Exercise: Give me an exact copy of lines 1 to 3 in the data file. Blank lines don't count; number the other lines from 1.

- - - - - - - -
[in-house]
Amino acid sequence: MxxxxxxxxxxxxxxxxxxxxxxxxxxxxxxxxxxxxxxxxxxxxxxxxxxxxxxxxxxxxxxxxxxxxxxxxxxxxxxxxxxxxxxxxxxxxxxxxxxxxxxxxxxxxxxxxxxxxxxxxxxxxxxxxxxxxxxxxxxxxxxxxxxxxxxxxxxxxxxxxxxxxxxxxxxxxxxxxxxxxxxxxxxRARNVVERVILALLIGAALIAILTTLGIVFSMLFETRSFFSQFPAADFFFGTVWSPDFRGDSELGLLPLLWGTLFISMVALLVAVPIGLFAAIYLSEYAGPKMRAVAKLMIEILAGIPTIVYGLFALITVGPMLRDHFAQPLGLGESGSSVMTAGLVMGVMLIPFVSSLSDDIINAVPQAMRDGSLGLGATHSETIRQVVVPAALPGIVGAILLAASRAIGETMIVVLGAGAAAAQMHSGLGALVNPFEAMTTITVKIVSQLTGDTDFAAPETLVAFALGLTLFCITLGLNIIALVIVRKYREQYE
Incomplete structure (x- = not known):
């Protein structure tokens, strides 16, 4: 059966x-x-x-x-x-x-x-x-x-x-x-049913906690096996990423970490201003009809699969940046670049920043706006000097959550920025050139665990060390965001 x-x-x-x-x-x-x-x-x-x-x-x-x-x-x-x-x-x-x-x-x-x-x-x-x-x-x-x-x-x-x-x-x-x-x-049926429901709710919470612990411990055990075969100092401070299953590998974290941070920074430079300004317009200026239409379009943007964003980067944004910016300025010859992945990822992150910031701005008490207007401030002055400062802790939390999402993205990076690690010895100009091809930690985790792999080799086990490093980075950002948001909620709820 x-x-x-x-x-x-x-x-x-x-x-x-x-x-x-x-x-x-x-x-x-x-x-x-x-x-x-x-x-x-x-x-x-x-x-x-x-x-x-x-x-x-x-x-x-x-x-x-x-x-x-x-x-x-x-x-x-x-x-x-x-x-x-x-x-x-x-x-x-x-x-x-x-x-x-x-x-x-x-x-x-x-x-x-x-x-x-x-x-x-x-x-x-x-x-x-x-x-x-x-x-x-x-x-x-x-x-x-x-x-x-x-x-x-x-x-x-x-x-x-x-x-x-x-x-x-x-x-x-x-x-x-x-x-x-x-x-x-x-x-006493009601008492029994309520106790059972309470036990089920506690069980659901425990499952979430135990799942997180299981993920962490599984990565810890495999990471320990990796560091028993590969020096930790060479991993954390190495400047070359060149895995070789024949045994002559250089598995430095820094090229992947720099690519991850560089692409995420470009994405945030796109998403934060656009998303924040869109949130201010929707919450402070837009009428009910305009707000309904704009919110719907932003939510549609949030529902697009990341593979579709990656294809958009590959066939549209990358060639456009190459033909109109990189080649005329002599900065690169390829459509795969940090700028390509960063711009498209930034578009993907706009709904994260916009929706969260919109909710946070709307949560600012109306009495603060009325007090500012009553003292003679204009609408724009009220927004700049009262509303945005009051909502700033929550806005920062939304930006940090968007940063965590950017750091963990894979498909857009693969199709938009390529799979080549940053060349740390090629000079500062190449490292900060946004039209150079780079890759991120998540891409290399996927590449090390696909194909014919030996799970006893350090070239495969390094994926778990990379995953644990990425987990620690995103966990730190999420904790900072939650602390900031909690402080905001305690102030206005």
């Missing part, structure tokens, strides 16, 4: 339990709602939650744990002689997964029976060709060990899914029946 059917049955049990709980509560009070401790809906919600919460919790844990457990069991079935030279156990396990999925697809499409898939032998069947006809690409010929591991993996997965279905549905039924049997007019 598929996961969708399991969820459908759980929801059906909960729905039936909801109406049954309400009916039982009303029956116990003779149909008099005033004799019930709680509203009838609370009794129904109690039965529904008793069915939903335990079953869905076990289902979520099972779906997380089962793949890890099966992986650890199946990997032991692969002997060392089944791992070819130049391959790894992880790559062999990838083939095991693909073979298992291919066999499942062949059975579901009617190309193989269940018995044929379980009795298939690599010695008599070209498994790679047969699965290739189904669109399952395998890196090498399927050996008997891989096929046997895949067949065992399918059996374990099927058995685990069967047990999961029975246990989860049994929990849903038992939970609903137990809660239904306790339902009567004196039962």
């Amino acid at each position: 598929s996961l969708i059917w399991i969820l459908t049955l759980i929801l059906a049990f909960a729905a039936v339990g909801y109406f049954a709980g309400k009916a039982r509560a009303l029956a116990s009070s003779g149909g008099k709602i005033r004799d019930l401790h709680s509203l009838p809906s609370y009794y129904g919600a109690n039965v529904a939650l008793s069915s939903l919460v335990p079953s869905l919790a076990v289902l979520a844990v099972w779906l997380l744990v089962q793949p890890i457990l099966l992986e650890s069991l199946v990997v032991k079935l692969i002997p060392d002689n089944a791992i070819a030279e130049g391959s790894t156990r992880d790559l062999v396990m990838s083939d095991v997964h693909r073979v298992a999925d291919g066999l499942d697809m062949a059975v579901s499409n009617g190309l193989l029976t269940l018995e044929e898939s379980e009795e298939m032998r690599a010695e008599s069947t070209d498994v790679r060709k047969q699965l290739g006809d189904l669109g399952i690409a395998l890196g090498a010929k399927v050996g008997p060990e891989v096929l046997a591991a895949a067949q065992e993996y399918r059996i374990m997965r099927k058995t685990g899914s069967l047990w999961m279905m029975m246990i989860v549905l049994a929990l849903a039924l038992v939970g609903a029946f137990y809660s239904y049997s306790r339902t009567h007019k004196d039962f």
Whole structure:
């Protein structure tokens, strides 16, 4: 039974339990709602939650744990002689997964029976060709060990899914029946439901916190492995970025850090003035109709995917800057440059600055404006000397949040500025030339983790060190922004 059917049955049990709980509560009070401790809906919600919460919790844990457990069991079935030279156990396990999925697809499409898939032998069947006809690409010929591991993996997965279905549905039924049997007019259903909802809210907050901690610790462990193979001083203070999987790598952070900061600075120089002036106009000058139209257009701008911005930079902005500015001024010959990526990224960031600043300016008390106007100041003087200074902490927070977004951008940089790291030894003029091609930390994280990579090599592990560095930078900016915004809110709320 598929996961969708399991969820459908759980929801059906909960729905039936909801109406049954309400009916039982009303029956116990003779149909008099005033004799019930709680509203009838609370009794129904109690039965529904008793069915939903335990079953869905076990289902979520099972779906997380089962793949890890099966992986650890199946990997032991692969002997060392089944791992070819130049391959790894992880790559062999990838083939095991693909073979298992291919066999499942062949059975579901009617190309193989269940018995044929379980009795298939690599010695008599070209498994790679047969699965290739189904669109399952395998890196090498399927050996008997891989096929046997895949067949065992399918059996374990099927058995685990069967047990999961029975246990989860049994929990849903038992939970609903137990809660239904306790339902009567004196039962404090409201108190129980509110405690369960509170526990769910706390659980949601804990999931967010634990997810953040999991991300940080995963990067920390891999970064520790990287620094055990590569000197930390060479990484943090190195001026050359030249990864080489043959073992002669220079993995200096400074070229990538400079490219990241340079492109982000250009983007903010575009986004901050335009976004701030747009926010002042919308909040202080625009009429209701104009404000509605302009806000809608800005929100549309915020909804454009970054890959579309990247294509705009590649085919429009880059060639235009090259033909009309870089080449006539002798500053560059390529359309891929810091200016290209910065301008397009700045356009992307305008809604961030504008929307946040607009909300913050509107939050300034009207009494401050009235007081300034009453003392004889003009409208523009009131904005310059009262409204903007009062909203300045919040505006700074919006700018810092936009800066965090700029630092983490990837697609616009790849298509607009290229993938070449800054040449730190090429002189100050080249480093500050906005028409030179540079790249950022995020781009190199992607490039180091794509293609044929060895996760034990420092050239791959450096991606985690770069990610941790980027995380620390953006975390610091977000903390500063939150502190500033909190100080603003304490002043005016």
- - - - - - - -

[in-house]
Amino acid sequence: MxxxxxxxxxxxxxxxxxxxxxxxxxxxxxxxxxxxxxxxxxxxxxxxxxxxxxxxxxxxxxxxxxxxxxxxxxxxxxxxxxxxxxxxxxxxxxxxxxxxxxxxxxxxxxxxxxxxxxxxxxxxxxxxxxxxxxxxxxxxxxxxxxxxxxxxxxxxxxxxxxxxxxxxxxxxxxxxxxxxxxxxxxxRARNVVERVILALLIGAALIAILTTLGIVFSMLFETRSFFSQFPAADFFFGTVWSPDFRGDSELGLLPLLWGTLFISMVALLVAVPIGLFAAIYLSEYAGPKMRAVAKLMIEILAGIPTIVYGLFALITVGPMLRDHFAQPLGLGESGSSVMTAGLVMGVMLIPFVSSLSDDIINAVPQAMRDGSLGLGATHSETIRQVVVPAALPGIVGAILLAASRAIGETMIVVLGAGAAAAQMHSGLGALVNPFEAMTTITVKIVSQLTGDTDFAAPETLVAFALGLTLFCITLGLNIIALVIVRKYREQYE
Incomplete structure (x- = not known):